By G. A. FINCH
I serve on an advisory board of a small company and the president of this company asked me to attend her inauguration as a member of the second cohort class for Goldman Sachs 10,000 Small Businesses in Chicago. This is an initiative driven by Goldman Sachs and its local partner, City Colleges of Chicago, to generate economic growth and job creation through small businesses by facilitating their access to business education, financial capital, and business support services.
Age Is Just A Number
As I watched the recently graduated first cohort members speak about their exceptional experiences in the program and the second cohort members speak about their dreams, aspirations, and ambitions, I was struck by the ages of these eager beaver entrepreneurs. Yes there were a few twenty-somethings and thirty-somethings, but a large number of them were middle and advanced middle age. Some had been in business for 35 years and some even had MBAs.
What did this plurality of older entrepreneurs show me? It shows me that enthusiasm, energy, motivation, and achievement cannot be limited by age. It reminds me that when you stop growing and learning, then you are in decline. You are done. Asian and African cultures put a premium on age and wisdom. In the U.S., we have become defined and intimidated by a youth-obsessed culture.
The fact is that you do not really hit your stride until middle age in terms of competence, confidence and knowledge. Middle age and older are the stages in life when you begin to reap the dividends of your experience and skill sets. Most importantly, though, is to continue to broaden your experience and expand your skill sets. You must always be in a learning mode.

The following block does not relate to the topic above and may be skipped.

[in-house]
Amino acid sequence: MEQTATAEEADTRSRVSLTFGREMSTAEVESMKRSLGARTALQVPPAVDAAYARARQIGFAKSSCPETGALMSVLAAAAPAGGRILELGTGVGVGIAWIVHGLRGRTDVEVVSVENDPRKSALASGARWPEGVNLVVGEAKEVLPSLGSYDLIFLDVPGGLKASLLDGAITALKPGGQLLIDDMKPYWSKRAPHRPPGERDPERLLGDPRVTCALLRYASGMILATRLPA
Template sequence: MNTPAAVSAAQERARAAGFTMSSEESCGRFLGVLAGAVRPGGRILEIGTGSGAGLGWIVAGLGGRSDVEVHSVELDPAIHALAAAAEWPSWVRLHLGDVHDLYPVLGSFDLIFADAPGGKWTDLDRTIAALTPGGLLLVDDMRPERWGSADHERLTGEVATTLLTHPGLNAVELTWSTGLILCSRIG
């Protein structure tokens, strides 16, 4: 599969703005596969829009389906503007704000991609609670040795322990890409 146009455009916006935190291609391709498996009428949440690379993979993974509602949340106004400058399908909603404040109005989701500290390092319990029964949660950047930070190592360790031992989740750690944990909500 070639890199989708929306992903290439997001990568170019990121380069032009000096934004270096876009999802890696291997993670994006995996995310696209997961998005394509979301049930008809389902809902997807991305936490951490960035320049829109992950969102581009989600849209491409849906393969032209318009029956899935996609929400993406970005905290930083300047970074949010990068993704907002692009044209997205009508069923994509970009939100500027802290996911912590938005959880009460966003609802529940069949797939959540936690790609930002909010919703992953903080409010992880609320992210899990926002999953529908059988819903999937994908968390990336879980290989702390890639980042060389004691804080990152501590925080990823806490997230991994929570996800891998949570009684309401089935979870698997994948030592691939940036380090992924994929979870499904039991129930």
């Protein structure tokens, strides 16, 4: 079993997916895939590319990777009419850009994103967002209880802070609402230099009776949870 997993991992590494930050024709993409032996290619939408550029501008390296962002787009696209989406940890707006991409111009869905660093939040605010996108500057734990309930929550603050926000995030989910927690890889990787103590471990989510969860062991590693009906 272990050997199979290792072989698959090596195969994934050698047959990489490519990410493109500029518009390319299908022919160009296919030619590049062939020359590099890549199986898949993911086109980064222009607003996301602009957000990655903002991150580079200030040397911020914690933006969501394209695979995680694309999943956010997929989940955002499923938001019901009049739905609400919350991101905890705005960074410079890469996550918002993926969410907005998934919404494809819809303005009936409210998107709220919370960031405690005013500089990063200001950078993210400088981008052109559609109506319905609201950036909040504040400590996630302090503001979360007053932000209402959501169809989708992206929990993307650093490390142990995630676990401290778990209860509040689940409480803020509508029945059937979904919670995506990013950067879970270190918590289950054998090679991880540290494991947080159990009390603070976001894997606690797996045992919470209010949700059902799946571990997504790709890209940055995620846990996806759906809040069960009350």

My mother exemplifies the learning mindset in that she went back to college in her late fifties and she is always intellectually and socially curious. I also saw this energetic mindset when I recently attended the dedication of a courthouse in honor of retired federal Judge George Leighton, who practiced law until he was 98, and will turn 100 in October of this year. Judge Leighton still plays chess every day.
Maturity As An Asset
There is so much human capital in older executives, entrepreneurs and professionals that can and needs to be continuously exploited. Our nation cannot afford not to use this older human capital to leverage and grow our economy. I am comforted to see that older hands are helping to drive the entrepreneurial spirit in our small businesses. I will be as delighted to see when more older, experienced hands remain in the executive and professional suites using their talents to push our economy forward. I am glad my own law firm embraces and practices utilizing older talent – that philosophy has helped our firm thrive.
No matter how old we are, as long as we can do it, we should be in “the hunt” for business and professional development, success and achievement.